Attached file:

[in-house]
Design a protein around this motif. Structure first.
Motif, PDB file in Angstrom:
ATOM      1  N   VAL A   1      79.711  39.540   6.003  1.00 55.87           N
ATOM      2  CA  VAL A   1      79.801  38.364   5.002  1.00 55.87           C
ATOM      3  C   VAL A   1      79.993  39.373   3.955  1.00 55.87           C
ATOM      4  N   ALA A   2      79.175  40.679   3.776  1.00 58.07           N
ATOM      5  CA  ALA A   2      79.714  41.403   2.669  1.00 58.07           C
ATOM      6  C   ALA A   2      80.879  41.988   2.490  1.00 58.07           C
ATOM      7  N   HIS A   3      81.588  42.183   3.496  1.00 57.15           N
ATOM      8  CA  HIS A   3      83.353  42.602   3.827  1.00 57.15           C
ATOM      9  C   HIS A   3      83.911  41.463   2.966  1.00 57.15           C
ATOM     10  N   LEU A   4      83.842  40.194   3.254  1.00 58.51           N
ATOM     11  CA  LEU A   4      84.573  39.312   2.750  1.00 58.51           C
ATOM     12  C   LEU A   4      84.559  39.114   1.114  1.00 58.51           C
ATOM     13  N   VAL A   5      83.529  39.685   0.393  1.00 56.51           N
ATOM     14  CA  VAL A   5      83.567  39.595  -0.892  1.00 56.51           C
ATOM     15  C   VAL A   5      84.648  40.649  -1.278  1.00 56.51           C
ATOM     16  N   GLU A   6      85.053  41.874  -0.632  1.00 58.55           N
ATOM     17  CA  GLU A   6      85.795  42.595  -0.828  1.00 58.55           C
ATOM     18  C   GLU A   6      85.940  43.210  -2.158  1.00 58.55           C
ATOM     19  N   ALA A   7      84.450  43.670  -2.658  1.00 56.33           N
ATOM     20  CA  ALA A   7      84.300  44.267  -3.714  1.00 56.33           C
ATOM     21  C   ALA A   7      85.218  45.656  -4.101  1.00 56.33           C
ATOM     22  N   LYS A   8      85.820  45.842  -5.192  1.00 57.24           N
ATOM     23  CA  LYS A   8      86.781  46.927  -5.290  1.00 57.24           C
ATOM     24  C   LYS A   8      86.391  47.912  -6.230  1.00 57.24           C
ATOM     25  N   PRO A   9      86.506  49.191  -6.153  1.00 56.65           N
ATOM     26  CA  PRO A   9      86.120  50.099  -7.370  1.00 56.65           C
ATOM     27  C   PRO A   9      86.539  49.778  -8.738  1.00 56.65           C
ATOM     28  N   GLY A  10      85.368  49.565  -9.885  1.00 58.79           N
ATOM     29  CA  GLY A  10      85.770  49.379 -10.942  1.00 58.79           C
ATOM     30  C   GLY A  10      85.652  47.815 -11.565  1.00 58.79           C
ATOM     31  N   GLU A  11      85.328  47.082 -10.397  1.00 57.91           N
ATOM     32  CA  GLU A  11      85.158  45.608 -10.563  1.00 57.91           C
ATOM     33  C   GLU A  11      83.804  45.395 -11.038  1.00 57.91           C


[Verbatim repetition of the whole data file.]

[in-house]
Design a protein around this motif. Structure first.
Motif, PDB file in Angstrom:
ATOM      1  N   VAL A   1      79.711  39.540   6.003  1.00 55.87           N
ATOM      2  CA  VAL A   1      79.801  38.364   5.002  1.00 55.87           C
ATOM      3  C   VAL A   1      79.993  39.373   3.955  1.00 55.87           C
ATOM      4  N   ALA A   2      79.175  40.679   3.776  1.00 58.07           N
ATOM      5  CA  ALA A   2      79.714  41.403   2.669  1.00 58.07           C
ATOM      6  C   ALA A   2      80.879  41.988   2.490  1.00 58.07           C
ATOM      7  N   HIS A   3      81.588  42.183   3.496  1.00 57.15           N
ATOM      8  CA  HIS A   3      83.353  42.602   3.827  1.00 57.15           C
ATOM      9  C   HIS A   3      83.911  41.463   2.966  1.00 57.15           C
ATOM     10  N   LEU A   4      83.842  40.194   3.254  1.00 58.51           N
ATOM     11  CA  LEU A   4      84.573  39.312   2.750  1.00 58.51           C
ATOM     12  C   LEU A   4      84.559  39.114   1.114  1.00 58.51           C
ATOM     13  N   VAL A   5      83.529  39.685   0.393  1.00 56.51           N
ATOM     14  CA  VAL A   5      83.567  39.595  -0.892  1.00 56.51           C
ATOM     15  C   VAL A   5      84.648  40.649  -1.278  1.00 56.51           C
ATOM     16  N   GLU A   6      85.053  41.874  -0.632  1.00 58.55           N
ATOM     17  CA  GLU A   6      85.795  42.595  -0.828  1.00 58.55           C
ATOM     18  C   GLU A   6      85.940  43.210  -2.158  1.00 58.55           C
ATOM     19  N   ALA A   7      84.450  43.670  -2.658  1.00 56.33           N
ATOM     20  CA  ALA A   7      84.300  44.267  -3.714  1.00 56.33           C
ATOM     21  C   ALA A   7      85.218  45.656  -4.101  1.00 56.33           C
ATOM     22  N   LYS A   8      85.820  45.842  -5.192  1.00 57.24           N
ATOM     23  CA  LYS A   8      86.781  46.927  -5.290  1.00 57.24           C
ATOM     24  C   LYS A   8      86.391  47.912  -6.230  1.00 57.24           C
ATOM     25  N   PRO A   9      86.506  49.191  -6.153  1.00 56.65           N
ATOM     26  CA  PRO A   9      86.120  50.099  -7.370  1.00 56.65           C
ATOM     27  C   PRO A   9      86.539  49.778  -8.738  1.00 56.65           C
ATOM     28  N   GLY A  10      85.368  49.565  -9.885  1.00 58.79           N
ATOM     29  CA  GLY A  10      85.770  49.379 -10.942  1.00 58.79           C
ATOM     30  C   GLY A  10      85.652  47.815 -11.565  1.00 58.79           C
ATOM     31  N   GLU A  11      85.328  47.082 -10.397  1.00 57.91           N
ATOM     32  CA  GLU A  11      85.158  45.608 -10.563  1.00 57.91           C
ATOM     33  C   GLU A  11      83.804  45.395 -11.038  1.00 57.91           C